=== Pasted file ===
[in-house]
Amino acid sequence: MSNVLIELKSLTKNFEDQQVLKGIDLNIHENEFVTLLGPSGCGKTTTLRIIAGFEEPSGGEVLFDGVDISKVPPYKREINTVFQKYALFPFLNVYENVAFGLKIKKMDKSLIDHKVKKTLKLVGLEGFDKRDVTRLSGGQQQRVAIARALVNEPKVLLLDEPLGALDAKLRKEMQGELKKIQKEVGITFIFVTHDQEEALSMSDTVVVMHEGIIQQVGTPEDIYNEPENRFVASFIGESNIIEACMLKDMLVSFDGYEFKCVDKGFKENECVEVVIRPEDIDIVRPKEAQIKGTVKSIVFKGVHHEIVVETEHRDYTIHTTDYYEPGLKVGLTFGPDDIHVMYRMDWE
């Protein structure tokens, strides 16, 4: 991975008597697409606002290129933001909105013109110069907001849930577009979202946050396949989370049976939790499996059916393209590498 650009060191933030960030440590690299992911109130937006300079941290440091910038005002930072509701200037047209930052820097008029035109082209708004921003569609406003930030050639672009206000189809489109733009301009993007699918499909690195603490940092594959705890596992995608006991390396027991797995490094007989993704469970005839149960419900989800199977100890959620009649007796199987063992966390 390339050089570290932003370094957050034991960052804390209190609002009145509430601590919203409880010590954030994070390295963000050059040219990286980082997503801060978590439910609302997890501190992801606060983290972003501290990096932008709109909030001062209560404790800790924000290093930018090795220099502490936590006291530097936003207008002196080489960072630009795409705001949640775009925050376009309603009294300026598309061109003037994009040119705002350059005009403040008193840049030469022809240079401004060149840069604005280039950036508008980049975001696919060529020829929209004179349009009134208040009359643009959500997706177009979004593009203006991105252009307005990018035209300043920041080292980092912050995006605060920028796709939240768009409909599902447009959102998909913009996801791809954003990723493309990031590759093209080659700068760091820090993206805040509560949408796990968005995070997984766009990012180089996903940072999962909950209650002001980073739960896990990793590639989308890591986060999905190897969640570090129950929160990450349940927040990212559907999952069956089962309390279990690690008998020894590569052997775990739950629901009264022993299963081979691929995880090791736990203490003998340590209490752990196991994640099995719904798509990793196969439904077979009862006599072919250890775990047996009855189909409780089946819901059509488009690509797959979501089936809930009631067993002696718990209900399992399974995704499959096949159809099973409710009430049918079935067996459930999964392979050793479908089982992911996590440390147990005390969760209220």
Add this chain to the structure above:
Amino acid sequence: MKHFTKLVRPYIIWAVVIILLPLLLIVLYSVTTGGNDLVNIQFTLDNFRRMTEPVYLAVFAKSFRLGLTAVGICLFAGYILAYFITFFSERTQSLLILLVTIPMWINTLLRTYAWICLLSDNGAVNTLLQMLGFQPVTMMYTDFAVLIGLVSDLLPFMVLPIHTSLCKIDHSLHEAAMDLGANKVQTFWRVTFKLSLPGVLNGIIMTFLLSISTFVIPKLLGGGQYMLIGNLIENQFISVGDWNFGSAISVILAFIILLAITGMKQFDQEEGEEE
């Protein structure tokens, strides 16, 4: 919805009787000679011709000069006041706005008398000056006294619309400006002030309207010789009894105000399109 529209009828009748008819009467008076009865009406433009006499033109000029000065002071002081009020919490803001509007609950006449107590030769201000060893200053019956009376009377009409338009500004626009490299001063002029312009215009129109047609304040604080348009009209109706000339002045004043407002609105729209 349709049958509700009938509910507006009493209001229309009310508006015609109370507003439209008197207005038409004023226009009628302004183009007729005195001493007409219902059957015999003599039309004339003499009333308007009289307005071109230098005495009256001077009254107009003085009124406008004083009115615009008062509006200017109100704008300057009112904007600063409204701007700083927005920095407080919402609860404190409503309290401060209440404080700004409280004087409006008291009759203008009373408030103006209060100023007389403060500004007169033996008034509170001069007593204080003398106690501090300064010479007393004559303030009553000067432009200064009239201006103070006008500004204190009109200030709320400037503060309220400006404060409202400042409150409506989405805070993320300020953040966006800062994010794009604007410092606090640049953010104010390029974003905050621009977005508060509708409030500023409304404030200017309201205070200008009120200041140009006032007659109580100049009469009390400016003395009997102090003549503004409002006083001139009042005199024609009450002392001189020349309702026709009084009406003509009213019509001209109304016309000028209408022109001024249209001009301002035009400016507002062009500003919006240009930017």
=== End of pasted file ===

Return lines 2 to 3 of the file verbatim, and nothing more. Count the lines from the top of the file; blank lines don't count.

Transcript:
Amino acid sequence: MSNVLIELKSLTKNFEDQQVLKGIDLNIHENEFVTLLGPSGCGKTTTLRIIAGFEEPSGGEVLFDGVDISKVPPYKREINTVFQKYALFPFLNVYENVAFGLKIKKMDKSLIDHKVKKTLKLVGLEGFDKRDVTRLSGGQQQRVAIARALVNEPKVLLLDEPLGALDAKLRKEMQGELKKIQKEVGITFIFVTHDQEEALSMSDTVVVMHEGIIQQVGTPEDIYNEPENRFVASFIGESNIIEACMLKDMLVSFDGYEFKCVDKGFKENECVEVVIRPEDIDIVRPKEAQIKGTVKSIVFKGVHHEIVVETEHRDYTIHTTDYYEPGLKVGLTFGPDDIHVMYRMDWE
């Protein structure tokens, strides 16, 4: 991975008597697409606002290129933001909105013109110069907001849930577009979202946050396949989370049976939790499996059916393209590498 650009060191933030960030440590690299992911109130937006300079941290440091910038005002930072509701200037047209930052820097008029035109082209708004921003569609406003930030050639672009206000189809489109733009301009993007699918499909690195603490940092594959705890596992995608006991390396027991797995490094007989993704469970005839149960419900989800199977100890959620009649007796199987063992966390 390339050089570290932003370094957050034991960052804390209190609002009145509430601590919203409880010590954030994070390295963000050059040219990286980082997503801060978590439910609302997890501190992801606060983290972003501290990096932008709109909030001062209560404790800790924000290093930018090795220099502490936590006291530097936003207008002196080489960072630009795409705001949640775009925050376009309603009294300026598309061109003037994009040119705002350059005009403040008193840049030469022809240079401004060149840069604005280039950036508008980049975001696919060529020829929209004179349009009134208040009359643009959500997706177009979004593009203006991105252009307005990018035209300043920041080292980092912050995006605060920028796709939240768009409909599902447009959102998909913009996801791809954003990723493309990031590759093209080659700068760091820090993206805040509560949408796990968005995070997984766009990012180089996903940072999962909950209650002001980073739960896990990793590639989308890591986060999905190897969640570090129950929160990450349940927040990212559907999952069956089962309390279990690690008998020894590569052997775990739950629901009264022993299963081979691929995880090791736990203490003998340590209490752990196991994640099995719904798509990793196969439904077979009862006599072919250890775990047996009855189909409780089946819901059509488009690509797959979501089936809930009631067993002696718990209900399992399974995704499959096949159809099973409710009430049918079935067996459930999964392979050793479908089982992911996590440390147990005390969760209220």